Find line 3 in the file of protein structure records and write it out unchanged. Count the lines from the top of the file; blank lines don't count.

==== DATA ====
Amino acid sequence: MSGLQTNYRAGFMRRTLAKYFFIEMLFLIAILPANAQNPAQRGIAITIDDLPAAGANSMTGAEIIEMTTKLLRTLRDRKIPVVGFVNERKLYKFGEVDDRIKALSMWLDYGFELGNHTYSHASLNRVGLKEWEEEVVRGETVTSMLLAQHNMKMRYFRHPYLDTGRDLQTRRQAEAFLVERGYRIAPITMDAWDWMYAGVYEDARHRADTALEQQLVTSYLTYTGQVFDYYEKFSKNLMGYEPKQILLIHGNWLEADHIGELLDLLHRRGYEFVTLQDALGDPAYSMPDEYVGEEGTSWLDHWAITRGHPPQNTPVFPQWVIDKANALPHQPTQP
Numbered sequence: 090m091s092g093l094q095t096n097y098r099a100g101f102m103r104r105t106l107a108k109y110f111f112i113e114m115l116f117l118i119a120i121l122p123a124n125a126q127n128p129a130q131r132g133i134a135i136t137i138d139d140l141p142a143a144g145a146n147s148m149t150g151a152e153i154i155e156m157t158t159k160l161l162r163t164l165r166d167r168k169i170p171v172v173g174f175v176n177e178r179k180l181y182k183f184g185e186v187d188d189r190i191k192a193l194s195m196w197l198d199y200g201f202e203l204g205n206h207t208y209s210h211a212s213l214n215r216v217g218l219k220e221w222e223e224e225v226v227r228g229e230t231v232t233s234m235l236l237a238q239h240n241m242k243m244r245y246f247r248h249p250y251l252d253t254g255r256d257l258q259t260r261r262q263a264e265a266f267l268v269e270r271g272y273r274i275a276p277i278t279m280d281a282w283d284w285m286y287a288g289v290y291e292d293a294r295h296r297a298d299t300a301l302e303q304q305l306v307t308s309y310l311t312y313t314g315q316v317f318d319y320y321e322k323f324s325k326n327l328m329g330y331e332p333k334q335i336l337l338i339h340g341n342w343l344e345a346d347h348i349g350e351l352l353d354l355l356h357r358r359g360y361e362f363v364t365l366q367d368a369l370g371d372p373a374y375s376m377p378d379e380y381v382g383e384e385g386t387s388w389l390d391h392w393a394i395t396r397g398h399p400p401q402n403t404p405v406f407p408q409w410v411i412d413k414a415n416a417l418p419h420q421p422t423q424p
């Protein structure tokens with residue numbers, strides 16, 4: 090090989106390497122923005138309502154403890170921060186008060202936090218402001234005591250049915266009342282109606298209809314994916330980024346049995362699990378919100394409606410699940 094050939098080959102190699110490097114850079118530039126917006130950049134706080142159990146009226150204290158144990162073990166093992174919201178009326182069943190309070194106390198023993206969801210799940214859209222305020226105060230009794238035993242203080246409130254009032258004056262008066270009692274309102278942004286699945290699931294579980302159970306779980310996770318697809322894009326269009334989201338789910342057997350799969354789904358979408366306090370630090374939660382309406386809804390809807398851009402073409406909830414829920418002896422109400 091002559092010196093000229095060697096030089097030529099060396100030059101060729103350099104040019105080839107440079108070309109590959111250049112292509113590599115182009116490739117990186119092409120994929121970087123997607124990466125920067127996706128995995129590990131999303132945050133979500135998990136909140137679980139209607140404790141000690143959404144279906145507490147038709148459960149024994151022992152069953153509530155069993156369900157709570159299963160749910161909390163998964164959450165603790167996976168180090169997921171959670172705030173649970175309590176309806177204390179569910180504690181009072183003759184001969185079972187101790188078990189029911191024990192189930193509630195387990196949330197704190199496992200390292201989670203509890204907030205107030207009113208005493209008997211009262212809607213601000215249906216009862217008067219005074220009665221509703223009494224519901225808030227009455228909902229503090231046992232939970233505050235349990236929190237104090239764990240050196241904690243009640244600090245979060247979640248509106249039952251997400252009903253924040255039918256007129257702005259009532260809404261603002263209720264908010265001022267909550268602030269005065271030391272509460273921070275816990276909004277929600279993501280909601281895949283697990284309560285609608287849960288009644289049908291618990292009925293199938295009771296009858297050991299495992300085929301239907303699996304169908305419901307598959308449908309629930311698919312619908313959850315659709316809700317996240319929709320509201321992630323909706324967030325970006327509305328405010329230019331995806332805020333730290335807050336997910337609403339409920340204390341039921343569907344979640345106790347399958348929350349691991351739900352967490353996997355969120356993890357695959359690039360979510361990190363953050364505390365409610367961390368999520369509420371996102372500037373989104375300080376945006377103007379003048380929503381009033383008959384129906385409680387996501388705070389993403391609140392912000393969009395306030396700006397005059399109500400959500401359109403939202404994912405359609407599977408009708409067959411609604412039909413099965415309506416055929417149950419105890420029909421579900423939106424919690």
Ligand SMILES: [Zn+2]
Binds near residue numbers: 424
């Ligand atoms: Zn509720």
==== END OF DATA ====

């Protein structure tokens with residue numbers, strides 16, 4: 090090989106390497122923005138309502154403890170921060186008060202936090218402001234005591250049915266009342282109606298209809314994916330980024346049995362699990378919100394409606410699940 094050939098080959102190699110490097114850079118530039126917006130950049134706080142159990146009226150204290158144990162073990166093992174919201178009326182069943190309070194106390198023993206969801210799940214859209222305020226105060230009794238035993242203080246409130254009032258004056262008066270009692274309102278942004286699945290699931294579980302159970306779980310996770318697809322894009326269009334989201338789910342057997350799969354789904358979408366306090370630090374939660382309406386809804390809807398851009402073409406909830414829920418002896422109400 091002559092010196093000229095060697096030089097030529099060396100030059101060729103350099104040019105080839107440079108070309109590959111250049112292509113590599115182009116490739117990186119092409120994929121970087123997607124990466125920067127996706128995995129590990131999303132945050133979500135998990136909140137679980139209607140404790141000690143959404144279906145507490147038709148459960149024994151022992152069953153509530155069993156369900157709570159299963160749910161909390163998964164959450165603790167996976168180090169997921171959670172705030173649970175309590176309806177204390179569910180504690181009072183003759184001969185079972187101790188078990189029911191024990192189930193509630195387990196949330197704190199496992200390292201989670203509890204907030205107030207009113208005493209008997211009262212809607213601000215249906216009862217008067219005074220009665221509703223009494224519901225808030227009455228909902229503090231046992232939970233505050235349990236929190237104090239764990240050196241904690243009640244600090245979060247979640248509106249039952251997400252009903253924040255039918256007129257702005259009532260809404261603002263209720264908010265001022267909550268602030269005065271030391272509460273921070275816990276909004277929600279993501280909601281895949283697990284309560285609608287849960288009644289049908291618990292009925293199938295009771296009858297050991299495992300085929301239907303699996304169908305419901307598959308449908309629930311698919312619908313959850315659709316809700317996240319929709320509201321992630323909706324967030325970006327509305328405010329230019331995806332805020333730290335807050336997910337609403339409920340204390341039921343569907344979640345106790347399958348929350349691991351739900352967490353996997355969120356993890357695959359690039360979510361990190363953050364505390365409610367961390368999520369509420371996102372500037373989104375300080376945006377103007379003048380929503381009033383008959384129906385409680387996501388705070389993403391609140392912000393969009395306030396700006397005059399109500400959500401359109403939202404994912405359609407599977408009708409067959411609604412039909413099965415309506416055929417149950419105890420029909421579900423939106424919690």